After an extended debate among governments over the last couple of years, today, the progress is evident. Based on the way of approaching cryptocurrency regulation, countries worldwide are generally divided into three categories:
In the EU, despite the overall positive approach towards digital assets, it only introduced official legislation in January 2020. The 5th Anti-Money Laundering Directive (5AMLD) brings exchanges and custodian wallets within the scope of EU money laundering legislation, meaning they now fall under the same regulatory requirements as banks and other financial institutions and must register with financial authorities. The framework also proposes Financial Intelligence Units (FIUs) to access a unified central database, shared among member states and comprised of crypto users’ identities and custodian wallet addresses.
The 6AMLD, which came into effect at the start of this month, has further tightened the compliance requirements for obligated entities. The directive’s scope was expanded by introducing 22 predicate offenses, an extension of liability to include legal persons and individuals, stricter penalties for money laundering, and more.
Furthermore, at the end of 2020, the EU imposed a cyber sanctions regime against Russian, North Korean, and Chinese actors found responsible for cyber-attacks against member states. The United States is following a similar path.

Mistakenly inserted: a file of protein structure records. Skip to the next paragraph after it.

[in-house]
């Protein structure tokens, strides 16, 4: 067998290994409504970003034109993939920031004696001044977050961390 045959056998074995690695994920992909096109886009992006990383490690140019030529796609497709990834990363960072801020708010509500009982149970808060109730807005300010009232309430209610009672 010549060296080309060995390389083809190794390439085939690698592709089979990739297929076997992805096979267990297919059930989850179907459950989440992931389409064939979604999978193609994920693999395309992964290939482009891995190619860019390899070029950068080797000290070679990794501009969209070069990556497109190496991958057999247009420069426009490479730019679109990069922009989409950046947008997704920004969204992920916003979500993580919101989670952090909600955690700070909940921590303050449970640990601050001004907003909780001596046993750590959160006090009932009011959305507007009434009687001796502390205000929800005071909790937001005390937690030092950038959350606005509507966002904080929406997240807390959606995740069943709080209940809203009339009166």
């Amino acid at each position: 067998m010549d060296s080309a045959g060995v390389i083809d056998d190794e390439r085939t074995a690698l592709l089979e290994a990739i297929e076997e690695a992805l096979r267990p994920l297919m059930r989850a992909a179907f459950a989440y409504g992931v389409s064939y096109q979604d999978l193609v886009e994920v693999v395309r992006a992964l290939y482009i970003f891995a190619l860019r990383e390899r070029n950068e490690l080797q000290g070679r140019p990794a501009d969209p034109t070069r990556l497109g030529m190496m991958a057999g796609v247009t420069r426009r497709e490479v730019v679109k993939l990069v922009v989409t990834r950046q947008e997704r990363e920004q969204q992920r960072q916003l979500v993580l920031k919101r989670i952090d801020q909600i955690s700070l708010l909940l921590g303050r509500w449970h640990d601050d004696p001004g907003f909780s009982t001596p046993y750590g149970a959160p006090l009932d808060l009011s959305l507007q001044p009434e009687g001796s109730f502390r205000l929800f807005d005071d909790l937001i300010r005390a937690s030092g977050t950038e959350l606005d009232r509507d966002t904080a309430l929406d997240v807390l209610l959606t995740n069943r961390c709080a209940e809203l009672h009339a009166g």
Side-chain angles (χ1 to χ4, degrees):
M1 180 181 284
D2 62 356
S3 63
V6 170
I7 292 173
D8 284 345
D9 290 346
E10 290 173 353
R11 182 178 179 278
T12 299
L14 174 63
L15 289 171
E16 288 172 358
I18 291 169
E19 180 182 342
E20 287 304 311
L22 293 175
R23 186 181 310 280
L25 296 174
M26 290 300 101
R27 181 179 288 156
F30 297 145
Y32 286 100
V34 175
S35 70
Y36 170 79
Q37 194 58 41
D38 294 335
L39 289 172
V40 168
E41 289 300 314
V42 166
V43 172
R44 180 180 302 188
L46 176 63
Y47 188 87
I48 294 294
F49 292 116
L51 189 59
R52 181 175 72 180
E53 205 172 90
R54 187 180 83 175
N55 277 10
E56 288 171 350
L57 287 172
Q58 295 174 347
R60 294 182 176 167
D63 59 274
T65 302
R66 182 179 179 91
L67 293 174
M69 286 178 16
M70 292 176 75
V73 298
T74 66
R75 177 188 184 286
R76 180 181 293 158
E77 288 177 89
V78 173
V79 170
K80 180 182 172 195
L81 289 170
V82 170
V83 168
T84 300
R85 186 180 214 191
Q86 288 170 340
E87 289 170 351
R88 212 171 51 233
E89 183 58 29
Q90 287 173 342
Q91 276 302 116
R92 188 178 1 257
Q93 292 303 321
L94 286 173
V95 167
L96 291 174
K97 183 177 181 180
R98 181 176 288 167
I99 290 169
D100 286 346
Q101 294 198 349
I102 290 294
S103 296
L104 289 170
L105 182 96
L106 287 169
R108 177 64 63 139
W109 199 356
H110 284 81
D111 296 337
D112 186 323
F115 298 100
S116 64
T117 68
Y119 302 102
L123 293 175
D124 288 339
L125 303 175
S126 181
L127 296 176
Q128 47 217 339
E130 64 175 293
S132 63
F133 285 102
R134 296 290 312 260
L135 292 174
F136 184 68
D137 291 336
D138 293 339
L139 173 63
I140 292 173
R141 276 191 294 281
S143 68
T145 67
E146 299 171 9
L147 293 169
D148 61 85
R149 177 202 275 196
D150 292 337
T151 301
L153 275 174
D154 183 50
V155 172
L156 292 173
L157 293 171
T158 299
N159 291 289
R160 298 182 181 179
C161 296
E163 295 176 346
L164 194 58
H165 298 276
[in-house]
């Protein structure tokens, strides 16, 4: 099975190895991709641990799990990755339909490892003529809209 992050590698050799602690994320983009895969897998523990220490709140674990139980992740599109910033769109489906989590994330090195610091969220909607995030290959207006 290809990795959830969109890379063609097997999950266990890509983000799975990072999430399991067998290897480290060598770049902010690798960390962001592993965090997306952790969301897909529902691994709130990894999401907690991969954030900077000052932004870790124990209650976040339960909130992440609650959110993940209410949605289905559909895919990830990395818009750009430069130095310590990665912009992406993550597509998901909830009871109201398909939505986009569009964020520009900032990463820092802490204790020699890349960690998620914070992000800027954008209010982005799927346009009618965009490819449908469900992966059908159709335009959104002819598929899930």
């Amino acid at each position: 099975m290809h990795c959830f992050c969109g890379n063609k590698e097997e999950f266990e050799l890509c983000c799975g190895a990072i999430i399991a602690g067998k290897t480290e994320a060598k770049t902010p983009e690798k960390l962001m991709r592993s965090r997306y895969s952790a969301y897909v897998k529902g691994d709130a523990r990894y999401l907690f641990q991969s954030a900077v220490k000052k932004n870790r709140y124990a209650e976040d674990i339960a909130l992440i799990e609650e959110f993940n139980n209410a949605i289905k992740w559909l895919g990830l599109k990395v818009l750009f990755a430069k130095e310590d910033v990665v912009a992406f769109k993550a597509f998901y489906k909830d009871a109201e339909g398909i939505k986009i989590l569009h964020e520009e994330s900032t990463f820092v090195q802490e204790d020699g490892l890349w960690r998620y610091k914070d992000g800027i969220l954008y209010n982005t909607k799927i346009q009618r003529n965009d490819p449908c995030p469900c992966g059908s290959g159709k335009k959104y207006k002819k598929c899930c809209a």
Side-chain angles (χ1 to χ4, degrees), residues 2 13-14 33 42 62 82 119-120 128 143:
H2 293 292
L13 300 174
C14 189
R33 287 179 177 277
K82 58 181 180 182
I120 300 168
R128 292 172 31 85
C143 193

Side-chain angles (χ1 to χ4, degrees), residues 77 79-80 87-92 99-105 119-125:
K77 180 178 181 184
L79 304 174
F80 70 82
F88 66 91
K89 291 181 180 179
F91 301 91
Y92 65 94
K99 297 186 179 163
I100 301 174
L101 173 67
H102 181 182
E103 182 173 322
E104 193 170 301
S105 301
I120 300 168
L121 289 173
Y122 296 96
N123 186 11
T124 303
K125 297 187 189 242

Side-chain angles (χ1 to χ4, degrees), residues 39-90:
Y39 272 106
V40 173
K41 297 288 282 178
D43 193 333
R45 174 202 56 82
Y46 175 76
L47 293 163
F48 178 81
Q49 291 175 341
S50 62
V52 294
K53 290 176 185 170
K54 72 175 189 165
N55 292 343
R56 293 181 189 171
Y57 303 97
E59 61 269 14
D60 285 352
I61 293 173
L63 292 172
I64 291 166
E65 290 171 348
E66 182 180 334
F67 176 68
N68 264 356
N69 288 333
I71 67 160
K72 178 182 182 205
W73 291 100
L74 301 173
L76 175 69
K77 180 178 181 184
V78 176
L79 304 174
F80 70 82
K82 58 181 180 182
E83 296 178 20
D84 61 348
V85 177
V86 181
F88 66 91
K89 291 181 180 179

The Financial Action Task Force (FATF), the inter-governmental watchdog in charge of AML and KYC requirements, is one of the most vocal advocates for harmonizing the regulations within the digital assets niche. Earlier this year, it released a draft for an updated version of its 2019 guidance to further clarify risk mitigation for peer-to-peer transactions, licensing and registration of Virtual Asset Service Providers (VASPs), and streamlining cooperation and information sharing between regulators. Before officially adopting it, the FATF is seeking comments from the public, including academics, service providers, and regulated entities such as banks.
Regulation is poised to continue developing. In the US, for example, appointing the longtime crypto expert Gary Gensler as the new head of the SEC is considered a sign that it will soon be granted broader jurisdiction to regulate crypto businesses. Teams at different governing bodies are continuously complemented with professionals with experience in the field, meaning that the regulators are adopting a hands-on approach and remain open to an industry dialogue.
What started as a retail boom is now a trend on an institutional and even national scale, considering that over 140 countries conduct different sorts of crypto-related activities. Governments and central banks are seriously considering or even finalizing the digitization process of currencies like the US dollar, the Euro, and the Yuan.
Oversight authorities are increasingly looking to erase the image of a Wild West associated with the niche and further boost this transition through strict yet reasonable and detailed regulatory frameworks.
While the regulatory landscape remains blurry, the efforts are already coming to fruition. In the US, Democrats and Republicans alike have made cryptocurrency regulation a top priority in 2021. The EU announced plans to issue comprehensive rules for cryptocurrencies by 2024. Officials worldwide are taking steps to create regulatory ecosystems that can empower crypto businesses to operate safely and efficiently in what is already a mature industry. The question that remains is who is joining the revolution?